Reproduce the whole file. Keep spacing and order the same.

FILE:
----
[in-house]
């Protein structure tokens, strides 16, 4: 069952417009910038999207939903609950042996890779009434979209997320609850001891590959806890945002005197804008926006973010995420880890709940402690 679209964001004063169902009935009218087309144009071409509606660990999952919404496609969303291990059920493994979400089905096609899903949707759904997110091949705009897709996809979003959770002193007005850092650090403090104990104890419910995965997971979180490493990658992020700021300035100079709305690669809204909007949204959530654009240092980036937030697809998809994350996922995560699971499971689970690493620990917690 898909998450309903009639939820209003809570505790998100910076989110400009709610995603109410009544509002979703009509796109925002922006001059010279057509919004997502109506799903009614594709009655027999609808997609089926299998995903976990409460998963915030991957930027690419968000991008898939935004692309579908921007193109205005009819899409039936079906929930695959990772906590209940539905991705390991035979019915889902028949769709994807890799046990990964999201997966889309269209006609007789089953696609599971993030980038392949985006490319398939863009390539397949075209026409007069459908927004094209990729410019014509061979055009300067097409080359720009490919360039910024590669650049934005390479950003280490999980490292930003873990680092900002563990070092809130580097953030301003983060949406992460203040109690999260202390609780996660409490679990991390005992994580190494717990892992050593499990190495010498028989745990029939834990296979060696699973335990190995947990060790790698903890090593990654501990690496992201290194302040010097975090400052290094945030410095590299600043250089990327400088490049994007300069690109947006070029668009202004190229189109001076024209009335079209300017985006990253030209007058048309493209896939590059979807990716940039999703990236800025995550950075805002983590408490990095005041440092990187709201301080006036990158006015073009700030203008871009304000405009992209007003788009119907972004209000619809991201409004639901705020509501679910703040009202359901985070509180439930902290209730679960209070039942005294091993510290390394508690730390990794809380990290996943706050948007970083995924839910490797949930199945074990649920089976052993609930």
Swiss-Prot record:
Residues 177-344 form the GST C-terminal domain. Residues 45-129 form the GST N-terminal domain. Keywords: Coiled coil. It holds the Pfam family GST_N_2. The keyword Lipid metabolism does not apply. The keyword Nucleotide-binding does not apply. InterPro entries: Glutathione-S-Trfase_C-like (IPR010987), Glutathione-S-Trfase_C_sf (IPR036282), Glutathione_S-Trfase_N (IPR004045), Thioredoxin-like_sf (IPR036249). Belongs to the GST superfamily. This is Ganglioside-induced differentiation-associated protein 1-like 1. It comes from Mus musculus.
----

[in-house]
């Protein structure tokens, strides 16, 4: 069952417009910038999207939903609950042996890779009434979209997320609850001891590959806890945002005197804008926006973010995420880890709940402690 679209964001004063169902009935009218087309144009071409509606660990999952919404496609969303291990059920493994979400089905096609899903949707759904997110091949705009897709996809979003959770002193007005850092650090403090104990104890419910995965997971979180490493990658992020700021300035100079709305690669809204909007949204959530654009240092980036937030697809998809994350996922995560699971499971689970690493620990917690 898909998450309903009639939820209003809570505790998100910076989110400009709610995603109410009544509002979703009509796109925002922006001059010279057509919004997502109506799903009614594709009655027999609808997609089926299998995903976990409460998963915030991957930027690419968000991008898939935004692309579908921007193109205005009819899409039936079906929930695959990772906590209940539905991705390991035979019915889902028949769709994807890799046990990964999201997966889309269209006609007789089953696609599971993030980038392949985006490319398939863009390539397949075209026409007069459908927004094209990729410019014509061979055009300067097409080359720009490919360039910024590669650049934005390479950003280490999980490292930003873990680092900002563990070092809130580097953030301003983060949406992460203040109690999260202390609780996660409490679990991390005992994580190494717990892992050593499990190495010498028989745990029939834990296979060696699973335990190995947990060790790698903890090593990654501990690496992201290194302040010097975090400052290094945030410095590299600043250089990327400088490049994007300069690109947006070029668009202004190229189109001076024209009335079209300017985006990253030209007058048309493209896939590059979807990716940039999703990236800025995550950075805002983590408490990095005041440092990187709201301080006036990158006015073009700030203008871009304000405009992209007003788009119907972004209000619809991201409004639901705020509501679910703040009202359901985070509180439930902290209730679960209070039942005294091993510290390394508690730390990794809380990290996943706050948007970083995924839910490797949930199945074990649920089976052993609930």
Swiss-Prot record:
Residues 177-344 form the GST C-terminal domain. Residues 45-129 form the GST N-terminal domain. Keywords: Coiled coil. It holds the Pfam family GST_N_2. The keyword Lipid metabolism does not apply. The keyword Nucleotide-binding does not apply. InterPro entries: Glutathione-S-Trfase_C-like (IPR010987), Glutathione-S-Trfase_C_sf (IPR036282), Glutathione_S-Trfase_N (IPR004045), Thioredoxin-like_sf (IPR036249). Belongs to the GST superfamily. This is Ganglioside-induced differentiation-associated protein 1-like 1. It comes from Mus musculus.